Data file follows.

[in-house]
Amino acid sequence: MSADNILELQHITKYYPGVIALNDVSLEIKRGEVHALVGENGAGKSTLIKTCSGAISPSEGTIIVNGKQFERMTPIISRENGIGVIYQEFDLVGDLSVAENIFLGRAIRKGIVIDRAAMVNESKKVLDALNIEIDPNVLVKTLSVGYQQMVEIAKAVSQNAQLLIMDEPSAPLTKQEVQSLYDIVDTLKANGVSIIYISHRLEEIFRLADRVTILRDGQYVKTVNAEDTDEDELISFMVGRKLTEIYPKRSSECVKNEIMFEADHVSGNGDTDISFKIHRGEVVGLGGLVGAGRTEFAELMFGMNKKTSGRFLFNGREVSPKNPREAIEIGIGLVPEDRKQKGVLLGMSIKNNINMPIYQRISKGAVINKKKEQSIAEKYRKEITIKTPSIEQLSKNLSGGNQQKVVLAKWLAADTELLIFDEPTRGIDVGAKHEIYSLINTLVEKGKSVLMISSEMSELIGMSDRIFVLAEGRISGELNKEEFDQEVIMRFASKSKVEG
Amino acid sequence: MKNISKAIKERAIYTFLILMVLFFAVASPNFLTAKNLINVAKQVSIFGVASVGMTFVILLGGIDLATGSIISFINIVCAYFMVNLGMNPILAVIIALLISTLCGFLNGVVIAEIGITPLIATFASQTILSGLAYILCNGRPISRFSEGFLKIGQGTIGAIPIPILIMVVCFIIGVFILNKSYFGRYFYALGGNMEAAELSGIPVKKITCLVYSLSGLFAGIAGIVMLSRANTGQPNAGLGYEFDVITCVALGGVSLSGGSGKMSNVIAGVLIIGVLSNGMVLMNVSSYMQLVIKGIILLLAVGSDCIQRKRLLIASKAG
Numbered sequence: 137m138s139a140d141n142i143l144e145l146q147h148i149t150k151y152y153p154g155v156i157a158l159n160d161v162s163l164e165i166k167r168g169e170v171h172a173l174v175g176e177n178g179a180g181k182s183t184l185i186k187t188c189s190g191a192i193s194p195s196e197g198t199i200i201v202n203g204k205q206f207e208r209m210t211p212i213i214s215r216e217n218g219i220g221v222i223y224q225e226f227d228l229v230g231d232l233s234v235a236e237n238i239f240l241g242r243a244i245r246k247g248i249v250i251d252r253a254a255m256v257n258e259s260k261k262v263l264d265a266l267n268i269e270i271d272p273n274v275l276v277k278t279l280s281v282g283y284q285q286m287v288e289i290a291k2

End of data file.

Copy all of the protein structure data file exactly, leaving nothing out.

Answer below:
[in-house]
Amino acid sequence: MSADNILELQHITKYYPGVIALNDVSLEIKRGEVHALVGENGAGKSTLIKTCSGAISPSEGTIIVNGKQFERMTPIISRENGIGVIYQEFDLVGDLSVAENIFLGRAIRKGIVIDRAAMVNESKKVLDALNIEIDPNVLVKTLSVGYQQMVEIAKAVSQNAQLLIMDEPSAPLTKQEVQSLYDIVDTLKANGVSIIYISHRLEEIFRLADRVTILRDGQYVKTVNAEDTDEDELISFMVGRKLTEIYPKRSSECVKNEIMFEADHVSGNGDTDISFKIHRGEVVGLGGLVGAGRTEFAELMFGMNKKTSGRFLFNGREVSPKNPREAIEIGIGLVPEDRKQKGVLLGMSIKNNINMPIYQRISKGAVINKKKEQSIAEKYRKEITIKTPSIEQLSKNLSGGNQQKVVLAKWLAADTELLIFDEPTRGIDVGAKHEIYSLINTLVEKGKSVLMISSEMSELIGMSDRIFVLAEGRISGELNKEEFDQEVIMRFASKSKVEG
Amino acid sequence: MKNISKAIKERAIYTFLILMVLFFAVASPNFLTAKNLINVAKQVSIFGVASVGMTFVILLGGIDLATGSIISFINIVCAYFMVNLGMNPILAVIIALLISTLCGFLNGVVIAEIGITPLIATFASQTILSGLAYILCNGRPISRFSEGFLKIGQGTIGAIPIPILIMVVCFIIGVFILNKSYFGRYFYALGGNMEAAELSGIPVKKITCLVYSLSGLFAGIAGIVMLSRANTGQPNAGLGYEFDVITCVALGGVSLSGGSGKMSNVIAGVLIIGVLSNGMVLMNVSSYMQLVIKGIILLLAVGSDCIQRKRLLIASKAG
Numbered sequence: 137m138s139a140d141n142i143l144e145l146q147h148i149t150k151y152y153p154g155v156i157a158l159n160d161v162s163l164e165i166k167r168g169e170v171h172a173l174v175g176e177n178g179a180g181k182s183t184l185i186k187t188c189s190g191a192i193s194p195s196e197g198t199i200i201v202n203g204k205q206f207e208r209m210t211p212i213i214s215r216e217n218g219i220g221v222i223y224q225e226f227d228l229v230g231d232l233s234v235a236e237n238i239f240l241g242r243a244i245r246k247g248i249v250i251d252r253a254a255m256v257n258e259s260k261k262v263l264d265a266l267n268i269e270i271d272p273n274v275l276v277k278t279l280s281v282g283y284q285q286m287v288e289i290a291k2